Jim Cramer's 'Mad Money' Recap: A Glass-Half-Full Market

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NEW YORK (TheStreet) -- It's time to look at this market as a glass half full, Jim Cramer said on "Mad Money" Monday. Cramer outlined a number of what he called silver linings in this quarter's earnings that the naysayers seem to be largely ignoring.

The current trend toward negativity is nothing new, Cramer said. He recounted the months that followed the market crash in 1987. Back then, he noted, every rally was met with skepticism and today's market is no different. But just as it was wrong to give up and go home in 1988, it would be equally foolish to give up today.

The markets still operate on the law of supply and demand, Cramer reminded viewers, which is why now that many of the sellers are drying up, even the laggards are seeing their stocks rally. That's certainly the case with Caterpillar , said Cramer, as that company's stock barely flinched after yet another disappointing quarter. The same pattern was seen in McDonald's , Merck and Microsoft , three stocks that are all trending higher even after lackluster earnings.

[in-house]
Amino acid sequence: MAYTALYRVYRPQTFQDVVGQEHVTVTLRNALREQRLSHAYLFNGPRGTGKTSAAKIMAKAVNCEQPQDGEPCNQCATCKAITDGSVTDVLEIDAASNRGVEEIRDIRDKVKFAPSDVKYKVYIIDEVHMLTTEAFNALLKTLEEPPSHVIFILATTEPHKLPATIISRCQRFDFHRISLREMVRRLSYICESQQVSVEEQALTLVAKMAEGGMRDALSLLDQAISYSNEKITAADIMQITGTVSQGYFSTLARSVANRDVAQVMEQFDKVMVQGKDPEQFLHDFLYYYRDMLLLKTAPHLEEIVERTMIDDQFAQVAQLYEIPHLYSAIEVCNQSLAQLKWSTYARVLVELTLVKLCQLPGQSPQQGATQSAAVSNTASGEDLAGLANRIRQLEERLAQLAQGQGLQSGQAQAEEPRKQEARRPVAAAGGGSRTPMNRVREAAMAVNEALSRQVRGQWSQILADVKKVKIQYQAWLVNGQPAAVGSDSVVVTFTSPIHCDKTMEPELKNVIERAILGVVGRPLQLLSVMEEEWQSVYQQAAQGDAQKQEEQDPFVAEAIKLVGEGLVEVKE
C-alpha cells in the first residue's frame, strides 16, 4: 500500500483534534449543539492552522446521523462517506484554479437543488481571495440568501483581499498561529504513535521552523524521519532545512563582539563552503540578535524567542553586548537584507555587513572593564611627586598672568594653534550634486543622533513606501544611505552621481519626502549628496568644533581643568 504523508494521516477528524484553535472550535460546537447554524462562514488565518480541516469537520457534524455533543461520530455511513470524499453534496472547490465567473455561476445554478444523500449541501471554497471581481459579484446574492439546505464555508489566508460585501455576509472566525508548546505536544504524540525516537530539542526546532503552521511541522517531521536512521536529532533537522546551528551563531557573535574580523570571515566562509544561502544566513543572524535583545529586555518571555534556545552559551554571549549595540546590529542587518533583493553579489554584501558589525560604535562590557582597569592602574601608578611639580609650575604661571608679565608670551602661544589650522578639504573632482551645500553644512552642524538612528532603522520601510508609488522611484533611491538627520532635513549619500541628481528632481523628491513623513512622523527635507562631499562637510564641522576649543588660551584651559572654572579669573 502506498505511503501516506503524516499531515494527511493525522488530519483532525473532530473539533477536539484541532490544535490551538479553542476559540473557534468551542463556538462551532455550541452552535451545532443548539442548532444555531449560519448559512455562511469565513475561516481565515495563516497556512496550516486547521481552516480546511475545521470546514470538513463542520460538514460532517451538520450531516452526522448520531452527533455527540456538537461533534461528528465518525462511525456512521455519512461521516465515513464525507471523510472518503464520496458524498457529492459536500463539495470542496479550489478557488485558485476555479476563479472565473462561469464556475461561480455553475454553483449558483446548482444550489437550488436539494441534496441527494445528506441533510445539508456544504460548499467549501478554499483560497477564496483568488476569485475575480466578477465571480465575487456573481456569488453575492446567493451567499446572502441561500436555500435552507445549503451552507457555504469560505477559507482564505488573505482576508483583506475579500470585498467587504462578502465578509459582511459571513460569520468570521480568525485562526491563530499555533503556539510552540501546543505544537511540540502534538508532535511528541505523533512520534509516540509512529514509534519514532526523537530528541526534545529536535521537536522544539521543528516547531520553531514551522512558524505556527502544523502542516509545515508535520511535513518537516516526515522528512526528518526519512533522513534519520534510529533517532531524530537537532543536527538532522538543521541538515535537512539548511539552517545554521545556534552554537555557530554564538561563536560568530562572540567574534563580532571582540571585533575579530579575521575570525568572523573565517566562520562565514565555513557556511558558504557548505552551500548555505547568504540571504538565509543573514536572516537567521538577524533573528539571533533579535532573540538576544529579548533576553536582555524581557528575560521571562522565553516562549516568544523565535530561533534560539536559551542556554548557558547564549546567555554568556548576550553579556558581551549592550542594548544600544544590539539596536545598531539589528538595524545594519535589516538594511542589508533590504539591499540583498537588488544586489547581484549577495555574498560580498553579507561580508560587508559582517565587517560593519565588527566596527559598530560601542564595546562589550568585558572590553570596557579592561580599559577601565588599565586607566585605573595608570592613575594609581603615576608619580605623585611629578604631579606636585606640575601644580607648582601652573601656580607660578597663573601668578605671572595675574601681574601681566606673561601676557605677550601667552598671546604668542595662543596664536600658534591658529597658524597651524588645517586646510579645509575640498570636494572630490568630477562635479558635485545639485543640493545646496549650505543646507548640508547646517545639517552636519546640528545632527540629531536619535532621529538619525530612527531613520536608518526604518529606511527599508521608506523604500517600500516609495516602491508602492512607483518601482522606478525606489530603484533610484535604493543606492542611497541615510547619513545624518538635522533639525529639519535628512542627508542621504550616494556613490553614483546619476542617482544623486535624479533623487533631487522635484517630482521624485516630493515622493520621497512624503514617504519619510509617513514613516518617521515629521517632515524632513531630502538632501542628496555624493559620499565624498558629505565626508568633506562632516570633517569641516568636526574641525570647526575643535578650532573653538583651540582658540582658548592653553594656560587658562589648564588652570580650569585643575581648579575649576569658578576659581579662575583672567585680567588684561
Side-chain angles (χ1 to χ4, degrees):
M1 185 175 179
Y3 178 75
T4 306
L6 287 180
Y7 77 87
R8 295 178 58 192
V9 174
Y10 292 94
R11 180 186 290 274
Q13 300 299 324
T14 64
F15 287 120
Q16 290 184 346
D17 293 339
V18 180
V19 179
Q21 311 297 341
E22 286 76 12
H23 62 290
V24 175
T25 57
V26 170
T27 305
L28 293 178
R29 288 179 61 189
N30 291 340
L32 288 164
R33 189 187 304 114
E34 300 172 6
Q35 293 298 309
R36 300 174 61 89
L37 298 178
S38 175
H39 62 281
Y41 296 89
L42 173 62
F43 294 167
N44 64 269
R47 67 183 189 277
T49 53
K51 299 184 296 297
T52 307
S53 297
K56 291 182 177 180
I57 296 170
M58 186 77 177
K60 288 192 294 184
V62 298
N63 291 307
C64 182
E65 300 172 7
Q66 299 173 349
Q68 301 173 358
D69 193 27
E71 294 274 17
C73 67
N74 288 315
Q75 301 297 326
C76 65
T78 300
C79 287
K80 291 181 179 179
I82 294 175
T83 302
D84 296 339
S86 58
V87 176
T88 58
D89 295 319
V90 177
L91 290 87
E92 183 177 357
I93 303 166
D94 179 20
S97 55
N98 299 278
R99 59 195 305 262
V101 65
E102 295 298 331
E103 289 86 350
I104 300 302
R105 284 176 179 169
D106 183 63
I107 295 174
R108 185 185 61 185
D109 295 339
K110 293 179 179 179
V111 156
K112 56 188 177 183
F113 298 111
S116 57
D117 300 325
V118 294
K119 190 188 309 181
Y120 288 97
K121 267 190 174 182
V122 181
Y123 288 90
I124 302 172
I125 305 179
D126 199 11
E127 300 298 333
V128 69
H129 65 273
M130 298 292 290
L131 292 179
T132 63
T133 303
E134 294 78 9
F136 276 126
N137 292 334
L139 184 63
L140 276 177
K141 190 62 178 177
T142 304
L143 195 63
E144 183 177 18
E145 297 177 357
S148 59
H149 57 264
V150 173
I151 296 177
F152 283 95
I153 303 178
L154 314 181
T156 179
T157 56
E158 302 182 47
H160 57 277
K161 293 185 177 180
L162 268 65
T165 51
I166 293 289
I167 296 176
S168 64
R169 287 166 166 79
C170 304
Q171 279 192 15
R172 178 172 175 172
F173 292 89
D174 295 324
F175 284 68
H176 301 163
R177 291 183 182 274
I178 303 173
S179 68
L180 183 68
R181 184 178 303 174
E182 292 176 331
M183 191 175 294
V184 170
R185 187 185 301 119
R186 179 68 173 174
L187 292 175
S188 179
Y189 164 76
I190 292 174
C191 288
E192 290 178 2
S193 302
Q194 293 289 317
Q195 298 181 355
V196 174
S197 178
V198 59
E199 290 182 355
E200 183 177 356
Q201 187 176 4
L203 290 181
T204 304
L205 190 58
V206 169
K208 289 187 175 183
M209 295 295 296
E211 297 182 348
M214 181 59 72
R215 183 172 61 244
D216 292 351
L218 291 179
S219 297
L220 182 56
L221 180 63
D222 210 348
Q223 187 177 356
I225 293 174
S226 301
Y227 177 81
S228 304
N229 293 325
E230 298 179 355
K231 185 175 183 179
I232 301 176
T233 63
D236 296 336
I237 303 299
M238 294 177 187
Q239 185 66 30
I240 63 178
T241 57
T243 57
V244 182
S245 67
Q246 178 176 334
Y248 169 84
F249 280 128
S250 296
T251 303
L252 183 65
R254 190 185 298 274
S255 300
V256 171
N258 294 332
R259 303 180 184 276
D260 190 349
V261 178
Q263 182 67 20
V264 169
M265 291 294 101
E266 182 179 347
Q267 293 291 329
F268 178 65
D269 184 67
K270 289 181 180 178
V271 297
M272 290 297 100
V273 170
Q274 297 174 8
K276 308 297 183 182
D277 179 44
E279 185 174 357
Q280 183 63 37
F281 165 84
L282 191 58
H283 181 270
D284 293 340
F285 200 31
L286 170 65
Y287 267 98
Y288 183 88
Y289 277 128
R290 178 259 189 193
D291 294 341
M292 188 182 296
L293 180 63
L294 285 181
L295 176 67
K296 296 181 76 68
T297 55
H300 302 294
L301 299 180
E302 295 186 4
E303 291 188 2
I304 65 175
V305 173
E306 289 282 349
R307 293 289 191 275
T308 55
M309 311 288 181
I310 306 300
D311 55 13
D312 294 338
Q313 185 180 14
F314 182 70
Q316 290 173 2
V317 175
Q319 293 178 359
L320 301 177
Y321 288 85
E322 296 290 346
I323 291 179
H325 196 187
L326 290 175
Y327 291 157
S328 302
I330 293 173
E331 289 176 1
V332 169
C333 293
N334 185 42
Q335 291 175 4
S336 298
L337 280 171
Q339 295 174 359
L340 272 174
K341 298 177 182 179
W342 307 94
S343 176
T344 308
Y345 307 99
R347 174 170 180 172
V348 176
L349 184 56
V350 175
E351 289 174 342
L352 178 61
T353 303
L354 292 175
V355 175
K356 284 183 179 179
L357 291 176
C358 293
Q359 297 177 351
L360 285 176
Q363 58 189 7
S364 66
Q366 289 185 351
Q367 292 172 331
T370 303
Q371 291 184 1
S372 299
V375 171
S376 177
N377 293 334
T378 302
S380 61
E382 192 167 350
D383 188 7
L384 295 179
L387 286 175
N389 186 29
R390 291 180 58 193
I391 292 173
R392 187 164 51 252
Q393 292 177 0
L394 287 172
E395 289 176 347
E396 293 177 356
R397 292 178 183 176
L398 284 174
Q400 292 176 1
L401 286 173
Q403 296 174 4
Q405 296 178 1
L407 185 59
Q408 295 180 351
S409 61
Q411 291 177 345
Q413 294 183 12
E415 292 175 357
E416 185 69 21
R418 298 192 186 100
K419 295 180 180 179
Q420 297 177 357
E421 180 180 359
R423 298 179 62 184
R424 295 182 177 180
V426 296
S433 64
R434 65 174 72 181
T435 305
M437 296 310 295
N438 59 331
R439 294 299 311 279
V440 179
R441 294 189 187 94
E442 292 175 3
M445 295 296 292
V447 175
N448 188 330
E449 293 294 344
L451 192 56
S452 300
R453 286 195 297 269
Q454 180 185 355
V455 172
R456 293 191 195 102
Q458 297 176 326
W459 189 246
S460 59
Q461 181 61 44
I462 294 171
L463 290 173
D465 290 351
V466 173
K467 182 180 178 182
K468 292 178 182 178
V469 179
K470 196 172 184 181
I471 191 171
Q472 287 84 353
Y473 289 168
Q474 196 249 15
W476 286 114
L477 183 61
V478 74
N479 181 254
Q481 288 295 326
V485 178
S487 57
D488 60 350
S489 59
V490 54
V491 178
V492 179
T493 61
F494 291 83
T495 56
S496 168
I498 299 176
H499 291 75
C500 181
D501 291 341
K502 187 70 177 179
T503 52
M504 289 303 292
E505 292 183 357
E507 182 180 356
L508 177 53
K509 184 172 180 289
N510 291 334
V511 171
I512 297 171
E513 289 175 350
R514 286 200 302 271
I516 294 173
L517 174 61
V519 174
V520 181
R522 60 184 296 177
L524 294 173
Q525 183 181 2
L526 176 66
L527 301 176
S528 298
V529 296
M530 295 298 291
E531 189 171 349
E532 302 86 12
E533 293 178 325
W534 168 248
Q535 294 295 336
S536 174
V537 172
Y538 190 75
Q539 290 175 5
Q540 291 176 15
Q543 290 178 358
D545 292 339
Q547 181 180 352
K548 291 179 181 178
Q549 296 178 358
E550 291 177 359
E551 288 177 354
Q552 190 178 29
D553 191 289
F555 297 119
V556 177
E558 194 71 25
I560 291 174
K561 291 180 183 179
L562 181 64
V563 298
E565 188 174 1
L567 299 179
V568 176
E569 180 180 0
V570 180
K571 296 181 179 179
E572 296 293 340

The naysayers in Walt Disney have been shaken out, as have most of those betting against Wal-Mart and others, noted Cramer. That's why investors should pay attention to these silver linings, but they simply don't happen in a bear market.

Executive Decision: Irwin Simon

In the "Executive Decision" segment, Cramer sat down with Irwin Simon, chairman, president and CEO of Hain Celestial , the healthy and organic food company whose shares are up 48% in 2013.

Simon said Hain will be providing nearly 1.5 million organic turkeys this Thanksgiving, a sign consumers are on top of what they're eating and want a great-tasting bird while showing concern for both animal welfare and the environment.

Simon also responded to recent criticisms about his company's cash flow, saying Hain has been able to grow organically in the high single digits and that's far better than any other food company. He said despite that high growth, Hain is still able to make money and pay down its debt at the same time. Hain was built on great acquisitions, Simon continued, and he has no plans to change that direction.